Transliteration:Min ha-metzar karati Yah anani va-merchav Yah
Translation:In this instance the hidden key is said to be . Two principles are basically being addressed here, i.e. (Yod—Abba [“Father”]) and (Heh—Imma [“Mother”]), respectively associated with Chochmah and Binah, as well as their sacred union from which proceed nine “restorations” (Tikunim) of the “divine channels” through which Shefa, the “Divine Abundance”is drawn into our domain of existence. In Kabbalistic literature these “divine channels” are symbolically termed the “beard” of the Eternal One.Curiously enough, the “Name of Seventy-two Names” was also divided into two equal parts, each comprising thirty-six of the seventy-two Names. The first grouping commences withOut of my straits I called upon the Lord; He answered me with great enlargement.
, the first three-letter segment of the “Shem Vayisa Vayet,” and the second grouping with , the thirty-seventh portion of the Name. These two groups are also respectively aligned with Chochmah and Binah, or with the “masculine” and “feminine” principles within Divinity. Again these two groups are often respectively arranged into six rows, comprising six Names each. These are called its “sides” or “edges,” six to the male portion and six to the female.We might note that the combination (Ani Vaho) is part of a phrase employed as a Segulah, the latter referring to a unique action or an object, often comprised of Divine Names, special signs, words or phrases, which is considered to be a most precious “spiritual treasure” to be employed in a unique manner, in order to affect a physical outcome in harmony with the intention of the one who employs the Segulah. Regarding the Ani Vaho expression, the particular phrase utilised as a Segulah in times of great trouble, distress and oppression, reads:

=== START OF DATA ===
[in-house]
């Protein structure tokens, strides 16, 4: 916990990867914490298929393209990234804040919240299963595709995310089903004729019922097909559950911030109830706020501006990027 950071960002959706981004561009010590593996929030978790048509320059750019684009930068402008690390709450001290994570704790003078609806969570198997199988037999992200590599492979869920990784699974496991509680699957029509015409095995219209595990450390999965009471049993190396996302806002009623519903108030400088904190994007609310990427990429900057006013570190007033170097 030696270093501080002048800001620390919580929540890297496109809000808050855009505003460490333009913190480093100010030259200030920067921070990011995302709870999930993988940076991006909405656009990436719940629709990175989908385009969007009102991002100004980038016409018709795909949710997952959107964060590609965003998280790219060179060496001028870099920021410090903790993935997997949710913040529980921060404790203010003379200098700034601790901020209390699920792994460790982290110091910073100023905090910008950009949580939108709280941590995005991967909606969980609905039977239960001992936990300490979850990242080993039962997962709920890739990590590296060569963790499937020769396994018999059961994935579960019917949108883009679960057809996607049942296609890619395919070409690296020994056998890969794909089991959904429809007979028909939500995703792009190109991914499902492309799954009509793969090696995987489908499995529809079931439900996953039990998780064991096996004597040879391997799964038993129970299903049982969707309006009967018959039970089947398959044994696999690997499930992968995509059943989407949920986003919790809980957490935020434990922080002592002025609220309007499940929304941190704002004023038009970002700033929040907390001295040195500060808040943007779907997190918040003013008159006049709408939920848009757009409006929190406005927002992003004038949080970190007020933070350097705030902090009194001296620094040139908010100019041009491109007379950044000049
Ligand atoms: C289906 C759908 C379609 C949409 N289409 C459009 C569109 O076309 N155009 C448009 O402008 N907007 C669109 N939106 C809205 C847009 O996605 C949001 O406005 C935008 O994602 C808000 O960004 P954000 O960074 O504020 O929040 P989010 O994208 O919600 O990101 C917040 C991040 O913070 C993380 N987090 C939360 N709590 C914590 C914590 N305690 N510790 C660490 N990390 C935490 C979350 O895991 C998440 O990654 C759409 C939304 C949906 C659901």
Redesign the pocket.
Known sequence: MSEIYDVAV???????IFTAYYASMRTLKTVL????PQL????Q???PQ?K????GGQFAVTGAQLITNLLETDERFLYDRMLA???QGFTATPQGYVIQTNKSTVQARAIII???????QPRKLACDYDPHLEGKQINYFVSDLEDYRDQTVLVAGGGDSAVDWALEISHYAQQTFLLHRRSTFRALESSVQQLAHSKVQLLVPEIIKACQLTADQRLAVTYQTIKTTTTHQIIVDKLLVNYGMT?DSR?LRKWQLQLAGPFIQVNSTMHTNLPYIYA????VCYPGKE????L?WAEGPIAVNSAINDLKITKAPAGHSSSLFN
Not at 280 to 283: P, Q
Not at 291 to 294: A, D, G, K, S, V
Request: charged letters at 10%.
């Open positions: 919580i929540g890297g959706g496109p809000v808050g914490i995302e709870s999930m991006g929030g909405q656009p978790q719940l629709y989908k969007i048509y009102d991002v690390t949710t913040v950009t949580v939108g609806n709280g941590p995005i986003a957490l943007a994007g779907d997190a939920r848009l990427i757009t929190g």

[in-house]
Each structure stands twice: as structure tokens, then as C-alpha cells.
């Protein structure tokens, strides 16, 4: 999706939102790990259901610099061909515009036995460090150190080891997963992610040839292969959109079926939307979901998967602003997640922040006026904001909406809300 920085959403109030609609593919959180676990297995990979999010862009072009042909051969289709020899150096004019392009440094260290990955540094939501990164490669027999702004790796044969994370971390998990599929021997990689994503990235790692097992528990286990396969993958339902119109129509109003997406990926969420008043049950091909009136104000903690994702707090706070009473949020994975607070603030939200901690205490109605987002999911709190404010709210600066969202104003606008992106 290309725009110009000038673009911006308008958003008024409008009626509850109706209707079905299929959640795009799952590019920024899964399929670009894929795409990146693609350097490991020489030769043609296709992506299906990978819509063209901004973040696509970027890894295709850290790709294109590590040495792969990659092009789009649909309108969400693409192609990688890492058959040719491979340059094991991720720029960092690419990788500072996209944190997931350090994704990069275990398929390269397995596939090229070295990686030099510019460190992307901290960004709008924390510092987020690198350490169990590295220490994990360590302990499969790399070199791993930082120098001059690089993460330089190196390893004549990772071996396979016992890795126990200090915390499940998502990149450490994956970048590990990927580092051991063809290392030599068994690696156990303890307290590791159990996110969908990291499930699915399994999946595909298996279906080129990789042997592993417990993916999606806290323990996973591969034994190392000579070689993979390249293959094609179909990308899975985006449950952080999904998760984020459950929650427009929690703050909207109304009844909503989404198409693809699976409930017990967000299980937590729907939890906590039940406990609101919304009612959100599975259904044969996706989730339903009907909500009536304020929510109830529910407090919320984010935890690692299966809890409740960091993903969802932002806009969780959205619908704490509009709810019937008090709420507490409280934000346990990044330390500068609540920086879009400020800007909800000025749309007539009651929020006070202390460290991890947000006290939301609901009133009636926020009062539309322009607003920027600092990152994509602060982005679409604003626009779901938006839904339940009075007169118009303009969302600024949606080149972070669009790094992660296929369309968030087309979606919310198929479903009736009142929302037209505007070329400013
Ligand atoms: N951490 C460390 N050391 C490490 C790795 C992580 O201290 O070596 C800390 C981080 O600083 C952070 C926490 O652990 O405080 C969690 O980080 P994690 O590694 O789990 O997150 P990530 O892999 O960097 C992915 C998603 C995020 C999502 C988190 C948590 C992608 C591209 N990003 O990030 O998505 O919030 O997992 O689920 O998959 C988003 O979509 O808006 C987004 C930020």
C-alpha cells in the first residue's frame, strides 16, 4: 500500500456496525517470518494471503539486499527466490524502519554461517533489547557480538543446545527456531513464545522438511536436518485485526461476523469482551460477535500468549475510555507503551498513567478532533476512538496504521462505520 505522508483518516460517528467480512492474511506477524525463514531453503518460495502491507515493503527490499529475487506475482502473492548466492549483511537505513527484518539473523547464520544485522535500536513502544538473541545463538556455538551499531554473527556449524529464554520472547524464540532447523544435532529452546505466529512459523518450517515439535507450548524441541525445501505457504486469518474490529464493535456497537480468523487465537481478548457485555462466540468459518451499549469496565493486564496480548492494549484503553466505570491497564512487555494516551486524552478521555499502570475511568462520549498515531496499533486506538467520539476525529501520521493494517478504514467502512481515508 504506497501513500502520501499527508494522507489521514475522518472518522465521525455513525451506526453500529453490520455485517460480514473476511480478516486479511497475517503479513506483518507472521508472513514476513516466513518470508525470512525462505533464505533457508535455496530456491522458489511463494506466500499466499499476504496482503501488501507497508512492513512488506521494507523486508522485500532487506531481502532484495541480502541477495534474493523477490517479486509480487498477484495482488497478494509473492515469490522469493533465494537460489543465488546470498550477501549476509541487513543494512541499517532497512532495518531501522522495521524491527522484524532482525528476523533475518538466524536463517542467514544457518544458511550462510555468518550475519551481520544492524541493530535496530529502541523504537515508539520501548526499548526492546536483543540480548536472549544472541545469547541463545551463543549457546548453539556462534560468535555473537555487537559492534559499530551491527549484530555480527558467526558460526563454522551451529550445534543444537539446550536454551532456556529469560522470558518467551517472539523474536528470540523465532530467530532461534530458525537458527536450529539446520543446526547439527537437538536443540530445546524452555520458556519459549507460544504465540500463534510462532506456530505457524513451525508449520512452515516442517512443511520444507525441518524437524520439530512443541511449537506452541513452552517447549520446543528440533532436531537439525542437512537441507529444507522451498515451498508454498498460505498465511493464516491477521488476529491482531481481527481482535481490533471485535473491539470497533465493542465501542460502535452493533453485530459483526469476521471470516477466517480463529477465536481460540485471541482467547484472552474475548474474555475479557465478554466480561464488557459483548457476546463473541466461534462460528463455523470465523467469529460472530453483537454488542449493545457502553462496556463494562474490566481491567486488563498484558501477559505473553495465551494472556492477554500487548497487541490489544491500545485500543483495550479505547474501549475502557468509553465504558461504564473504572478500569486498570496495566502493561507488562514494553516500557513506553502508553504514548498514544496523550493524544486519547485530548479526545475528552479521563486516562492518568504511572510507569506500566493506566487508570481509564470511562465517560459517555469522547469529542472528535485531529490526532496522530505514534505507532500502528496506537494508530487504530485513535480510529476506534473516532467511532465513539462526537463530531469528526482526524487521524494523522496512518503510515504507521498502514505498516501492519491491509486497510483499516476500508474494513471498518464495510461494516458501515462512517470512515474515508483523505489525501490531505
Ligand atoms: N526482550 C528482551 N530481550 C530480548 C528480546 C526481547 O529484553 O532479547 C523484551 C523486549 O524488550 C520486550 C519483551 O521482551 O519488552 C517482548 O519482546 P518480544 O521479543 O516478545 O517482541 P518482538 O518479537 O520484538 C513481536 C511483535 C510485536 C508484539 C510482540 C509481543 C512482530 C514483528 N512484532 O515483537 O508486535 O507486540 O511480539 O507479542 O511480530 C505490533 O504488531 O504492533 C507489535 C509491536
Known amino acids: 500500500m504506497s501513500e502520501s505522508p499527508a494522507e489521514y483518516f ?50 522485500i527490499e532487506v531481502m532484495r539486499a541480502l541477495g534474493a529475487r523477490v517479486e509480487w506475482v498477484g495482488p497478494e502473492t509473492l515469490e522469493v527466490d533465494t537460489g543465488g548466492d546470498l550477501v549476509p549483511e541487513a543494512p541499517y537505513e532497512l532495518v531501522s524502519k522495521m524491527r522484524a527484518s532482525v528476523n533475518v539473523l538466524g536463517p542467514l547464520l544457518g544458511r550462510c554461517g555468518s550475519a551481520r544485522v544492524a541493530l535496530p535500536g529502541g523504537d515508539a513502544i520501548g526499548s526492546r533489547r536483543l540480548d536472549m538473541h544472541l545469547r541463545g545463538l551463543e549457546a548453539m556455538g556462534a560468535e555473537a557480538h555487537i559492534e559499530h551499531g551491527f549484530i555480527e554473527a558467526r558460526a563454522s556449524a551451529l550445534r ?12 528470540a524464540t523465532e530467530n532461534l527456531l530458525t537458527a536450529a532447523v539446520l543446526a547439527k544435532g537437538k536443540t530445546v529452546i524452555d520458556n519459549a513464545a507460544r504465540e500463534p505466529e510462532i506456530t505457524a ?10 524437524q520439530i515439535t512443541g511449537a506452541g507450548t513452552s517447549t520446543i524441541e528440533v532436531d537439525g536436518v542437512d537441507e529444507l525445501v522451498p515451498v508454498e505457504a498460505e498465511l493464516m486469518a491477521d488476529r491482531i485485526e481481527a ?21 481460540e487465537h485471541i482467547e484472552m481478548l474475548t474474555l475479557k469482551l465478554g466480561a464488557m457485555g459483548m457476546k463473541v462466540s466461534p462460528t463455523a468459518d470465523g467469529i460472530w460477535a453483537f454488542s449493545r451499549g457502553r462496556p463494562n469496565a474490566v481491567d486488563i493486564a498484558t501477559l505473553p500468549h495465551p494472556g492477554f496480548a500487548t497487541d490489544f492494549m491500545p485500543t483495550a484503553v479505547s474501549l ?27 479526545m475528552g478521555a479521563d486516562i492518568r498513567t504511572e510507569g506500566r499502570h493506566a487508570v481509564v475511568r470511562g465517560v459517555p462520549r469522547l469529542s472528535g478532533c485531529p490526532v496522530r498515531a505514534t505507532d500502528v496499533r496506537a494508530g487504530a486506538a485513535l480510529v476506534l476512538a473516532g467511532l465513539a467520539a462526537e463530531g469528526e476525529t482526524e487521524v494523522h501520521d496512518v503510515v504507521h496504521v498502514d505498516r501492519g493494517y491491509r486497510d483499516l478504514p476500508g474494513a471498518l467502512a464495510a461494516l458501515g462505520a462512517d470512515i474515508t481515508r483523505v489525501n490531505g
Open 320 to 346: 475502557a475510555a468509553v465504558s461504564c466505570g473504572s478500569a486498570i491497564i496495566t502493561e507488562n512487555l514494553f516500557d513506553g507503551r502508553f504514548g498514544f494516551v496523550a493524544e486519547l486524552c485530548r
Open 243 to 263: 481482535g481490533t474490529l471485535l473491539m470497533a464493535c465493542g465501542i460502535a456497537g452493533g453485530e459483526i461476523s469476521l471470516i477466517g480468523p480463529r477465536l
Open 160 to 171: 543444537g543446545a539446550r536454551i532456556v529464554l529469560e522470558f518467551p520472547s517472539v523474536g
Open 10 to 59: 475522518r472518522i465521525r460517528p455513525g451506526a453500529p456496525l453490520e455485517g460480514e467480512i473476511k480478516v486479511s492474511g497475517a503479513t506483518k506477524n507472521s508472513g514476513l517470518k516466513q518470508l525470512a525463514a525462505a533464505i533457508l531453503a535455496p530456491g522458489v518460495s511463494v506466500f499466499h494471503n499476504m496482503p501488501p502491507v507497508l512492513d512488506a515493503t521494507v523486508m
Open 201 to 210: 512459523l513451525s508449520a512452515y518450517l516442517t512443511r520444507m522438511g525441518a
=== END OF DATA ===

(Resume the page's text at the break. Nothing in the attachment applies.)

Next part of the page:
Transliteration:This exclamation could be translated literally and succinctly to read “I and He save now!” Some readers may recall this phrase to be part of a Hakafah, a special circumambulating practice, which I addressed in the first volume of this series [The Book of Self Creation]. In fact, the very same phrase is traditionally employed in exactly this manner during the Hoshanot processions of Sukkot (Festival of Booths). These procedures are expounded in Sukkah 4:5 of the Mishnah.Be that as it may, in uttering the words “Ani Vaho” we are expressing the division of the “Name of Seventy-two Names” into the two groups comprising, as said, thirty-six Names each. This is believed to pertain to the “saving from the sea,” the latter being a reference to the Israelites being saved from the Egyptian onslaught when Moses split the waters, and the Israelites passed their way in peace on dry ground, so to speak (Exodus 14). Of course, this aligns directly with the plain meaning of the three verses from which the “Shem Vayisa Vayet” was derived.Ani Vaho Hoshi’ah Na
(More to follow)